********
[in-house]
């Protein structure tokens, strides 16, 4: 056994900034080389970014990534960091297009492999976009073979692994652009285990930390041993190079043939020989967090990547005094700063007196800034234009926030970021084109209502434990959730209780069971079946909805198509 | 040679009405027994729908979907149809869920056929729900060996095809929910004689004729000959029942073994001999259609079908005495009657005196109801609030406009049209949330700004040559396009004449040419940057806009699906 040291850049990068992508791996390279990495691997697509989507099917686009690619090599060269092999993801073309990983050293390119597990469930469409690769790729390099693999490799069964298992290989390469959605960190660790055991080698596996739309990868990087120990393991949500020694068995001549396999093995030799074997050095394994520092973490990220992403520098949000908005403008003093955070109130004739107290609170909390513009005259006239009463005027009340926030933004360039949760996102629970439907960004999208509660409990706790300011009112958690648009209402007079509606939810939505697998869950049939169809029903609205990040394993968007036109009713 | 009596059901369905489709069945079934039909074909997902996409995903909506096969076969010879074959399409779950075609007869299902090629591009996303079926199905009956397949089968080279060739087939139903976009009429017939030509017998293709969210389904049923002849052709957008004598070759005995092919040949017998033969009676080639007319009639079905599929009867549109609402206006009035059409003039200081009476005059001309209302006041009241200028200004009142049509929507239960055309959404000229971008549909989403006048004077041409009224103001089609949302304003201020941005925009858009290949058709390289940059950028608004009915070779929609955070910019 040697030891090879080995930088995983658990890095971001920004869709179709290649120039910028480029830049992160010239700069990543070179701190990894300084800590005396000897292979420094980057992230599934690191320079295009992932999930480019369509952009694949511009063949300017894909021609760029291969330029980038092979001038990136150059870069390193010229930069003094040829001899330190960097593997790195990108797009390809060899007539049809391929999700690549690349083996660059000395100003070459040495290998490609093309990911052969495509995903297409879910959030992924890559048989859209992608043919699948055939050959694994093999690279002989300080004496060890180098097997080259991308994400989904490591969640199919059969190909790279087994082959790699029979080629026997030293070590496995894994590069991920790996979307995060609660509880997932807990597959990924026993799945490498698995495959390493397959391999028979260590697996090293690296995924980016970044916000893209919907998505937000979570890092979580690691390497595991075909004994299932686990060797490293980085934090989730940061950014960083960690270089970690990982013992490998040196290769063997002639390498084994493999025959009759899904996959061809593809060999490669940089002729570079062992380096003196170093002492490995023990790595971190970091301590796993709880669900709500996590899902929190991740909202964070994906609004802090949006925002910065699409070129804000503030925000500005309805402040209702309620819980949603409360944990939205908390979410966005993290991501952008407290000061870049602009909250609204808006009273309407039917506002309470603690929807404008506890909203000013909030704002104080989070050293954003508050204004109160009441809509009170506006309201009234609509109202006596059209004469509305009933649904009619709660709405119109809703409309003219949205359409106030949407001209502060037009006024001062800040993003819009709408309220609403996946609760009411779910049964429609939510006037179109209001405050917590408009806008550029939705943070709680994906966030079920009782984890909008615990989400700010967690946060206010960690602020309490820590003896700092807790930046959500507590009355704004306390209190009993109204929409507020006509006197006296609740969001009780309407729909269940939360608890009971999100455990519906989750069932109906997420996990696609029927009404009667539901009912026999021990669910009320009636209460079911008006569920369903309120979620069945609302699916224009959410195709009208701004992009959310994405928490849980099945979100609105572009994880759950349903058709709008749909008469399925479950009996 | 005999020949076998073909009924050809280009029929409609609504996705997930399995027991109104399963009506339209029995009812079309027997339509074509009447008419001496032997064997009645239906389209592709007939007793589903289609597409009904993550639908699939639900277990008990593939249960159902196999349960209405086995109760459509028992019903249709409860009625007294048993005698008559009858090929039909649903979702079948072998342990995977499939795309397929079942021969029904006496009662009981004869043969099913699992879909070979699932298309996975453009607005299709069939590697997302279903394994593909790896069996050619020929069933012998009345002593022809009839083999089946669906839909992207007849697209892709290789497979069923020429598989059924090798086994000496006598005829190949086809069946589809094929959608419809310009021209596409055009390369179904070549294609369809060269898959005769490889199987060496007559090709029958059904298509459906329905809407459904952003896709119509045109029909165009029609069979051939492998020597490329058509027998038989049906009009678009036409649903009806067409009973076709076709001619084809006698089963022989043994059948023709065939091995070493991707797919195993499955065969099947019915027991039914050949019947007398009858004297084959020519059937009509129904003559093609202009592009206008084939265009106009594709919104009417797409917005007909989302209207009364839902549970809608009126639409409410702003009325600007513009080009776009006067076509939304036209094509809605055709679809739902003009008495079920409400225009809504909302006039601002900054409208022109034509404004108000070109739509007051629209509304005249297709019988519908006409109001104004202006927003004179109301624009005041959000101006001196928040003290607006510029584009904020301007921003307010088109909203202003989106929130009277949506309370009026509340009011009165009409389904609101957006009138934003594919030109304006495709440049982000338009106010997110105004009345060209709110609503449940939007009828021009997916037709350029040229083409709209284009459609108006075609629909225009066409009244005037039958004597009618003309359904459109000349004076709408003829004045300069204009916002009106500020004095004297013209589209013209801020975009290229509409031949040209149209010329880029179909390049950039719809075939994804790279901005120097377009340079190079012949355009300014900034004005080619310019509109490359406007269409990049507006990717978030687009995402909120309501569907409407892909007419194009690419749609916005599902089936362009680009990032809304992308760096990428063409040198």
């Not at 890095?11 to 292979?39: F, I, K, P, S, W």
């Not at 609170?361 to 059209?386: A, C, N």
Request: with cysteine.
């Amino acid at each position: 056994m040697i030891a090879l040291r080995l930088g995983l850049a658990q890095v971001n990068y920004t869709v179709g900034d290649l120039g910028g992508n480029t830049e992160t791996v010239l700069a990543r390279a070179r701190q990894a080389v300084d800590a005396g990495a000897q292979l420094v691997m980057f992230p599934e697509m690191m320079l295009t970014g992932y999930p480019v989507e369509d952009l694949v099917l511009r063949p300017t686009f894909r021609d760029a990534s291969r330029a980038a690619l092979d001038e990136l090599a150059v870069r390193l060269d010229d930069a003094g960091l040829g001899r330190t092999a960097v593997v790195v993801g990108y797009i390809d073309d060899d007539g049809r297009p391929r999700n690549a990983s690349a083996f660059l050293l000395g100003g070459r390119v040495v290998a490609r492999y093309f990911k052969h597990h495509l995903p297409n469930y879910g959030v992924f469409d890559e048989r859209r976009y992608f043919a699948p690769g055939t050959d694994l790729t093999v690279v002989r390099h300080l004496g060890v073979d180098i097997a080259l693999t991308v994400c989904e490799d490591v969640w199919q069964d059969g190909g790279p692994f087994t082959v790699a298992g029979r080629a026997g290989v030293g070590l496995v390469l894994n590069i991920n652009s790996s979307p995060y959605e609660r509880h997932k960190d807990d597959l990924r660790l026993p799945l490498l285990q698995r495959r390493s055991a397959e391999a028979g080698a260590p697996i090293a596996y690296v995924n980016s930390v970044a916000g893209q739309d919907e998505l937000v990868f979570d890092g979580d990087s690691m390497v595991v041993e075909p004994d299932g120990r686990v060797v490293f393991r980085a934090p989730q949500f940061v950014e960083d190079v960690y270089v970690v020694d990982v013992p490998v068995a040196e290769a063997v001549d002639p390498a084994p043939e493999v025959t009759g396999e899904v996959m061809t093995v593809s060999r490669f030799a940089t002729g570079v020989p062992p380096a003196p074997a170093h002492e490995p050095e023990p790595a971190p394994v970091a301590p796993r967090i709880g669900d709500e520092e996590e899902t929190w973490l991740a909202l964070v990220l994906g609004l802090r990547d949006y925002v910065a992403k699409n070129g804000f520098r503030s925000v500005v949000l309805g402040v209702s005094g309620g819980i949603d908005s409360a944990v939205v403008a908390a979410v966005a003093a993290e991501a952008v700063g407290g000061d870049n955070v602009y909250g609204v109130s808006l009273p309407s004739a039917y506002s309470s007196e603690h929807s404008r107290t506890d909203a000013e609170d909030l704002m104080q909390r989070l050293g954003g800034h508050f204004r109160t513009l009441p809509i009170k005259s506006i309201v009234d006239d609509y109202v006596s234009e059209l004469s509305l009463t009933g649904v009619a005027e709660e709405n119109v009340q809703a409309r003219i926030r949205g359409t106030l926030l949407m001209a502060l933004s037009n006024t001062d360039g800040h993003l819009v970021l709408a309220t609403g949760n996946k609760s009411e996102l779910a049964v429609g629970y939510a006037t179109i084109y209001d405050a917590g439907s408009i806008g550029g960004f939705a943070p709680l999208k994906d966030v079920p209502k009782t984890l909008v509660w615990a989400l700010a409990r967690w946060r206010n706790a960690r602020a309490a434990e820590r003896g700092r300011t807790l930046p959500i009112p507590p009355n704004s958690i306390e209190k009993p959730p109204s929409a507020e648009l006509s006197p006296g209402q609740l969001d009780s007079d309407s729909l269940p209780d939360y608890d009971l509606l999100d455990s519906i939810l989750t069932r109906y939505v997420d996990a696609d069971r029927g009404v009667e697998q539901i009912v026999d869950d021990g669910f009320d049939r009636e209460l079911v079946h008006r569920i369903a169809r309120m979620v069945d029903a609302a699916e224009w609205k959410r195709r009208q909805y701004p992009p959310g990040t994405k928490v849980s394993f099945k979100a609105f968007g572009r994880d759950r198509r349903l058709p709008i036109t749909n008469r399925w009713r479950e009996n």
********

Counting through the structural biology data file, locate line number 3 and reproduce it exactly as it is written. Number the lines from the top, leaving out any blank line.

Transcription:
């Not at 890095?11 to 292979?39: F, I, K, P, S, W």